A wildlife photographer has been arrested in a Tasmanian forest for protesting the logging of trees where he has taken photos of the critically endangered swift parrot.
Rob Blakers was arrested on Tuesday at the same spot where he previously took an amazing photo of 12 swift parrots in one tree. He estimates that there were 30 around him at the time — about 4% of the remaining population.
“It was extraordinary. I have only spent a few years looking for swift parrots, but this was far above anything else I’ve ever seen,” he tells The Guardian.
However, Blakers was outraged when the Tasmanian government logging agency began felling trees in the Eastern Tiers, a two hour drive from the capital of Hobart.
He joined with the Bob Brown Foundation and a group of protesters entered the area where Sustainable Timber Tasmania was cutting down trees. The police were called and asked Blakers to leave, when he refused he was arrested.
Blakers, who is a renowned nature photographer in Tasmania, says he is “furious” with the logging.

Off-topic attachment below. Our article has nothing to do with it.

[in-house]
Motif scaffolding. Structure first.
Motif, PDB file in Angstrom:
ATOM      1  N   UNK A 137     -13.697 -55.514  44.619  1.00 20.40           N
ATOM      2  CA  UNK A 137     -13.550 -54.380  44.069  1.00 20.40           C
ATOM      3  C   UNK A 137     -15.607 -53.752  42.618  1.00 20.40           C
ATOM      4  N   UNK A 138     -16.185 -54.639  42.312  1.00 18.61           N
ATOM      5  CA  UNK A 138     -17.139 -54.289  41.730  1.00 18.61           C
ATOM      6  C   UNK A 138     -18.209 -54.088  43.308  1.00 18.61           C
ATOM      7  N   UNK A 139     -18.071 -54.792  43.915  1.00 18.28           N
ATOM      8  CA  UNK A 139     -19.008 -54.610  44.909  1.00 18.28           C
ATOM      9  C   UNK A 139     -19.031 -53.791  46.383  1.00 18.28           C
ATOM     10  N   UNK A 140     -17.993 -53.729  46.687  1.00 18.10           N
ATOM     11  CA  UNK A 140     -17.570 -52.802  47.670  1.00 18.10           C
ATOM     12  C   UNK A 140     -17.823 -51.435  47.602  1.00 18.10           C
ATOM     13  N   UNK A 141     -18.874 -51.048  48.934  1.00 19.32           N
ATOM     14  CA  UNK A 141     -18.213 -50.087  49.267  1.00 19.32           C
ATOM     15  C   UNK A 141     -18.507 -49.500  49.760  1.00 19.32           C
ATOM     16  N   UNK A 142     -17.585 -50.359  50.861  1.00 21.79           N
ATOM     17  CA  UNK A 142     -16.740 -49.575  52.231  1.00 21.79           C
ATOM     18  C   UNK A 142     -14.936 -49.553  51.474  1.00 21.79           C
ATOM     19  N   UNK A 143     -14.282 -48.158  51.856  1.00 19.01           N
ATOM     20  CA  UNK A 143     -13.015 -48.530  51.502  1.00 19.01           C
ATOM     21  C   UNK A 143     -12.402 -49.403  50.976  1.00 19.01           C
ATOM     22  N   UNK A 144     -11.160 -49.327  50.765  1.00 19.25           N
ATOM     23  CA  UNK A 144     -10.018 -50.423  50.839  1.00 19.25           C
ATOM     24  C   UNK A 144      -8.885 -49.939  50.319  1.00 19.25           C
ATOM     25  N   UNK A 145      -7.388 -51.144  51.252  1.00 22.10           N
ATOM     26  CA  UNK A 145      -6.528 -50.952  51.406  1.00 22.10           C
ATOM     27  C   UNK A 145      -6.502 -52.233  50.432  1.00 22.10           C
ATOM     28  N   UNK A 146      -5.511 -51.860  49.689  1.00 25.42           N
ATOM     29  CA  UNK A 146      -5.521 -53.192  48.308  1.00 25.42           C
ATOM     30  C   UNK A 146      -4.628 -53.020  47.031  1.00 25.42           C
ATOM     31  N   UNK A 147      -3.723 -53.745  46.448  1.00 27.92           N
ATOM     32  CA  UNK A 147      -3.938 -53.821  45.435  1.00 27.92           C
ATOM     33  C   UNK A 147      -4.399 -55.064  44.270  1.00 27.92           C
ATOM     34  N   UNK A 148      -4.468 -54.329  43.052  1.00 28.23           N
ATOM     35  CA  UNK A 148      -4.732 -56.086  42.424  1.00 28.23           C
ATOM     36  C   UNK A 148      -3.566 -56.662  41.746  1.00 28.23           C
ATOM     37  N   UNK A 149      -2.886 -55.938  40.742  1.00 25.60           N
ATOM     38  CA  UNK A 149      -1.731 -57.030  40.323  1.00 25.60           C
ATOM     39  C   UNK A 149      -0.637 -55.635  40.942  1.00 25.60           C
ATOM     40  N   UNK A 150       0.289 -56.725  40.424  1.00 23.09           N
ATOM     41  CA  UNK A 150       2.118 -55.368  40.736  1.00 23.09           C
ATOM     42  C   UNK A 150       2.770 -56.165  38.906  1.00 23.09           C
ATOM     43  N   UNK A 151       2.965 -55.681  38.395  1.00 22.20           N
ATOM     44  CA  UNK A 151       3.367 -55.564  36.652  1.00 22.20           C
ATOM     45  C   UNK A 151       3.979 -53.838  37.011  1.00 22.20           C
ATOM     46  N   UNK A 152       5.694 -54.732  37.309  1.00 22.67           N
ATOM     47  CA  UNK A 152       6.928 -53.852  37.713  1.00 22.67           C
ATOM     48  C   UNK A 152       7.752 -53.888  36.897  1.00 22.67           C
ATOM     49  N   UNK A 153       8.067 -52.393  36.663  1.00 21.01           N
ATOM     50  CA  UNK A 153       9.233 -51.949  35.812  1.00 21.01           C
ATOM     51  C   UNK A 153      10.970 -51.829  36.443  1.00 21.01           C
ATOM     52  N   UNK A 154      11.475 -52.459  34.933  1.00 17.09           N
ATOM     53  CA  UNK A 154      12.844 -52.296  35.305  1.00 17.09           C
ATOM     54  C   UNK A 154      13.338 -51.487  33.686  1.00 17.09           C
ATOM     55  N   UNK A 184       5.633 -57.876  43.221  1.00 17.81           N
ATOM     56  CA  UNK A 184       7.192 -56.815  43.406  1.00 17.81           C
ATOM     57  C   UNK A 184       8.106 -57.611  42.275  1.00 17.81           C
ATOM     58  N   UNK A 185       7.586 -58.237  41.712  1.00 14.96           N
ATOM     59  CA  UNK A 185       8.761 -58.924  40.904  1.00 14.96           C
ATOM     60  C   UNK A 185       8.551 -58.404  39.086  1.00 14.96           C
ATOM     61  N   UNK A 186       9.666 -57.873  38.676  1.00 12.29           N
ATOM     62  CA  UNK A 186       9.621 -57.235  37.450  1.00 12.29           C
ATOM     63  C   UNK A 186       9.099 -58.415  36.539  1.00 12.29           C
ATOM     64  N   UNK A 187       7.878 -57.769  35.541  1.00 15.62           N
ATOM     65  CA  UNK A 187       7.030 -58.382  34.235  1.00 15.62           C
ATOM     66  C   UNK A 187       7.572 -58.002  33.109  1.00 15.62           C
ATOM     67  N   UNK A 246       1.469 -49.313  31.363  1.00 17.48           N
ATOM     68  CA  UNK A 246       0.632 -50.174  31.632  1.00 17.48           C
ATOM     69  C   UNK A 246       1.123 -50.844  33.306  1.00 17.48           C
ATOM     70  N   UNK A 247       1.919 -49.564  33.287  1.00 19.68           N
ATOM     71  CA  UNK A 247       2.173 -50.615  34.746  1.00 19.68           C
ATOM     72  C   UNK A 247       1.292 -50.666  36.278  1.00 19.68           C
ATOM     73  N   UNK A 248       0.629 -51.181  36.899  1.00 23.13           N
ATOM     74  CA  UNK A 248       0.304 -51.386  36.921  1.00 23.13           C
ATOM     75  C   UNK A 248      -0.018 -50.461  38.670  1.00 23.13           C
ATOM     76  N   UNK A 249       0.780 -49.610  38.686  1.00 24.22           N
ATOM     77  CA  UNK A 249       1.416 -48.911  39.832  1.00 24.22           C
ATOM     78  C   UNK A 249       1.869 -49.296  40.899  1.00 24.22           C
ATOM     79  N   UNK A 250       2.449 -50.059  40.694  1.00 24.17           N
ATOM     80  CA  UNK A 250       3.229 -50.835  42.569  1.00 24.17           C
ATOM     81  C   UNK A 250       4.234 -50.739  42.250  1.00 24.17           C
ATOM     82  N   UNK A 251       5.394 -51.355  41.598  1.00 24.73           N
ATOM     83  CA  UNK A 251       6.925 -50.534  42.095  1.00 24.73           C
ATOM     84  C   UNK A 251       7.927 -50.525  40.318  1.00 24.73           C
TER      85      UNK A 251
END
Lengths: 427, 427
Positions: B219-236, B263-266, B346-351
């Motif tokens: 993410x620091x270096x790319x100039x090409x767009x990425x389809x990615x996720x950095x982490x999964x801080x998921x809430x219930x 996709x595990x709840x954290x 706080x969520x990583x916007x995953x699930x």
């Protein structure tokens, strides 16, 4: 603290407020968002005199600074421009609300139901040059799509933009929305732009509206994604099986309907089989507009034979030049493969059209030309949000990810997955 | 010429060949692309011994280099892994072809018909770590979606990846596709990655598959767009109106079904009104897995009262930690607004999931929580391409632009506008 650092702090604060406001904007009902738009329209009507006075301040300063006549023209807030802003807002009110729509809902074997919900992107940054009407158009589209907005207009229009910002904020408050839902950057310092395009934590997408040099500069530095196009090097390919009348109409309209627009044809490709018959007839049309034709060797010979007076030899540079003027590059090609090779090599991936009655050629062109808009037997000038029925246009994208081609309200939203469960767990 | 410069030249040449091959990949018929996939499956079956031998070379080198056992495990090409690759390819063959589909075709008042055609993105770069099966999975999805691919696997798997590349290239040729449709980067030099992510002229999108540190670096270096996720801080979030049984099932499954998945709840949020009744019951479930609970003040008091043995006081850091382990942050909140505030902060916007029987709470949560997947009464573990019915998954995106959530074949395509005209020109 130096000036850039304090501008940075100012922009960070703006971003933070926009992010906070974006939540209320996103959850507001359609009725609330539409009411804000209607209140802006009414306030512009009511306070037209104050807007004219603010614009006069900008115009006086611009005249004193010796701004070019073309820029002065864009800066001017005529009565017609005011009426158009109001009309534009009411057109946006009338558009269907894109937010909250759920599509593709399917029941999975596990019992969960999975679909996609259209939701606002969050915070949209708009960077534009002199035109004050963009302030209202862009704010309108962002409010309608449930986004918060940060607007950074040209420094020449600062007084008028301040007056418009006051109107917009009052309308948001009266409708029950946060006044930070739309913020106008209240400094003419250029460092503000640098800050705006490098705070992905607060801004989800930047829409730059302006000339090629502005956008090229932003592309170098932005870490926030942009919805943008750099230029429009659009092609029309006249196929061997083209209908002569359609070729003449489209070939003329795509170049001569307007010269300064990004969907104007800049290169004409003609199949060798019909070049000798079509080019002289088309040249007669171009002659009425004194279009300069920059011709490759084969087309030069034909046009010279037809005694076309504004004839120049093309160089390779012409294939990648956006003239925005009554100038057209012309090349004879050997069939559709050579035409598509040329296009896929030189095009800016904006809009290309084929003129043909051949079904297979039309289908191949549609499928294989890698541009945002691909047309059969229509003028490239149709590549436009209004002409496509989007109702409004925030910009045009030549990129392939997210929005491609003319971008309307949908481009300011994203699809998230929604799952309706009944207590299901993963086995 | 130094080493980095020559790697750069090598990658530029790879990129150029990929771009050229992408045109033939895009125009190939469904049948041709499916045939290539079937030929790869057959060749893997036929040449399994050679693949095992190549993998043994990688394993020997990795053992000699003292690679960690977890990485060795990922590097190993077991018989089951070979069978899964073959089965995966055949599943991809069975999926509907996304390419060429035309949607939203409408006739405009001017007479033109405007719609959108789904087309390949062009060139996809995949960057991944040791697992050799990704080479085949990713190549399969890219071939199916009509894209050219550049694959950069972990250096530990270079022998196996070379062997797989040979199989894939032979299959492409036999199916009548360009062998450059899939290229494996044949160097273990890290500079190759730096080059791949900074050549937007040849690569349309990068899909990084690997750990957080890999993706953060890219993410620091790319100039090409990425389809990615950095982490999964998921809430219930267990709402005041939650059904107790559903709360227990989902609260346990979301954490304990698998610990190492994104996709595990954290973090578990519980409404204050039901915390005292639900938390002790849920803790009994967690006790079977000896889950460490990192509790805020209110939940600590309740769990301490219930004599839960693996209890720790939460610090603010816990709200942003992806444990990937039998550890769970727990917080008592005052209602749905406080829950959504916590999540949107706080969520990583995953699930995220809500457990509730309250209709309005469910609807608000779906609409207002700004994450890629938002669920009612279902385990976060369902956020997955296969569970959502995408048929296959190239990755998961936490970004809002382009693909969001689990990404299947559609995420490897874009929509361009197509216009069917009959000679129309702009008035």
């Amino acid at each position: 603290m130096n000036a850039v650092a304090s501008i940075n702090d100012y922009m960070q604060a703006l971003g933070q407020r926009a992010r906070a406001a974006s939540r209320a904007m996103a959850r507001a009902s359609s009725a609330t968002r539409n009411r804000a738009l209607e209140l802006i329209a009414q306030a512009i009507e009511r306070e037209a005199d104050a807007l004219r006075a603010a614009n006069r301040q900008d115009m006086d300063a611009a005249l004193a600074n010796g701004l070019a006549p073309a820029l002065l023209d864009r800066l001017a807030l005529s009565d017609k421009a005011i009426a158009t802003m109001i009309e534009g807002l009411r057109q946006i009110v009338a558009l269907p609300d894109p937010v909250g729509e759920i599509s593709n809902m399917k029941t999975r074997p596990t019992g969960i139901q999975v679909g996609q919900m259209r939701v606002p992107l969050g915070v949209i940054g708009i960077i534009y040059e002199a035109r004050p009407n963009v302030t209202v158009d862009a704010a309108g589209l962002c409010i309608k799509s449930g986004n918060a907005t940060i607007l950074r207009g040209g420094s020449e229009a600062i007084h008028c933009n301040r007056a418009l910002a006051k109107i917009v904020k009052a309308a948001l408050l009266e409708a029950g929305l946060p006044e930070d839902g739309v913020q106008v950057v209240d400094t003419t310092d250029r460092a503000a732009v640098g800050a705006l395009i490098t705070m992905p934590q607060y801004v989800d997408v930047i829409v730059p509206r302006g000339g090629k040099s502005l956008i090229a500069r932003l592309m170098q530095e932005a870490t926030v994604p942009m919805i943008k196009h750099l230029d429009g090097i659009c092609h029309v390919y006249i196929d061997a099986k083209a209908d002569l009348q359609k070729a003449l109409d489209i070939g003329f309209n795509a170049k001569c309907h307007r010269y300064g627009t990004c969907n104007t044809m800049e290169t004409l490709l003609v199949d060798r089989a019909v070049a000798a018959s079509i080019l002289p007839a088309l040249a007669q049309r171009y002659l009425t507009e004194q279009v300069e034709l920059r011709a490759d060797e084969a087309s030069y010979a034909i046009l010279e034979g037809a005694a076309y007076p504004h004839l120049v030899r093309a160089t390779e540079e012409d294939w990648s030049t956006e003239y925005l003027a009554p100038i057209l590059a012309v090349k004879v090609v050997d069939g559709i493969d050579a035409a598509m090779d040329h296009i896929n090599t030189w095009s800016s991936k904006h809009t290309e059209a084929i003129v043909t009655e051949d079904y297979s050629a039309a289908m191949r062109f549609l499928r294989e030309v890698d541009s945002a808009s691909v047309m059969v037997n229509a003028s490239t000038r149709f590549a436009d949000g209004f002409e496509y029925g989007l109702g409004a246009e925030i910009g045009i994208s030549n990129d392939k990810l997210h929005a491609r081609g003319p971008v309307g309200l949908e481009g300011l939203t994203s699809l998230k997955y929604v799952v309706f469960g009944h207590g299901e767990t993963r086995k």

“My reaction was: how dare they? How can they just so brazenly ignore all of the science, all of the advice they have received, and just go in and smash this forest?” He tells The Guardian.
Blakers has been visiting that area of Tasmania for the last three years to document swift parrots, often climbing trees to get a shot of them in the canopy.
He says he has seen consistent aggregations of swift parrots in numbers not seen anywhere else in the world.
“Flocks of up to 30 birds were observed on several occasions, with 12 parrots photographed in a single tree on Christmas Eve,” he says.
“On many mornings and evenings, their calls were the dominant sound of the forest. At least one nesting site was confirmed, but there were almost certainly more.
“Parrots were flocking and feeding in both the canopy and at ground level. This was prime swift parrot habitat and an extraordinary natural phenomenon.”
At the time of logging, there were no swift parrots in the area as they spend winters on the Australian mainland and come to the forest in the summer to nest.
“Two weeks ago logging began in this forest. I spent two full days last week urgently attempting to contact Forestry Tasmania. There was no response to my calls,” he says.
“In the last few days I have returned to this forest to document the damage. The southeast portion of the coupe, which was alive with swift parrots through the summer, has been substantially logged.”
Blakers says the timber agency has broken its own rules after logging trees 114 feet (35 meters) from the nesting tree he captured in a photo. Under the agency’s rules, there is supposed to be a buffer of at least 164 feet (50 meters.)